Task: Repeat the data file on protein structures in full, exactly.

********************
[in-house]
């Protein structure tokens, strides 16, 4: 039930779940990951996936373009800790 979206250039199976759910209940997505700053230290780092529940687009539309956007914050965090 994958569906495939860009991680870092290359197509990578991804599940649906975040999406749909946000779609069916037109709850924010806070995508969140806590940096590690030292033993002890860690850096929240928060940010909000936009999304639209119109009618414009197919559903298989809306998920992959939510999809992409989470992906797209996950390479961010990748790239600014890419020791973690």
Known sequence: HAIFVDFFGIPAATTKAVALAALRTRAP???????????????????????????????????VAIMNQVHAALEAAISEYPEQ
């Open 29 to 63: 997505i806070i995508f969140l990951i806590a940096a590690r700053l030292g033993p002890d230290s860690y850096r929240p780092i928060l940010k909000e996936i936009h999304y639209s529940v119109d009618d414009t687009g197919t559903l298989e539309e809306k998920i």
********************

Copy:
[in-house]
């Protein structure tokens, strides 16, 4: 039930779940990951996936373009800790 979206250039199976759910209940997505700053230290780092529940687009539309956007914050965090 994958569906495939860009991680870092290359197509990578991804599940649906975040999406749909946000779609069916037109709850924010806070995508969140806590940096590690030292033993002890860690850096929240928060940010909000936009999304639209119109009618414009197919559903298989809306998920992959939510999809992409989470992906797209996950390479961010990748790239600014890419020791973690």
Known sequence: HAIFVDFFGIPAATTKAVALAALRTRAP???????????????????????????????????VAIMNQVHAALEAAISEYPEQ
């Open 29 to 63: 997505i806070i995508f969140l990951i806590a940096a590690r700053l030292g033993p002890d230290s860690y850096r929240p780092i928060l940010k909000e996936i936009h999304y639209s529940v119109d009618d414009t687009g197919t559903l298989e539309e809306k998920i």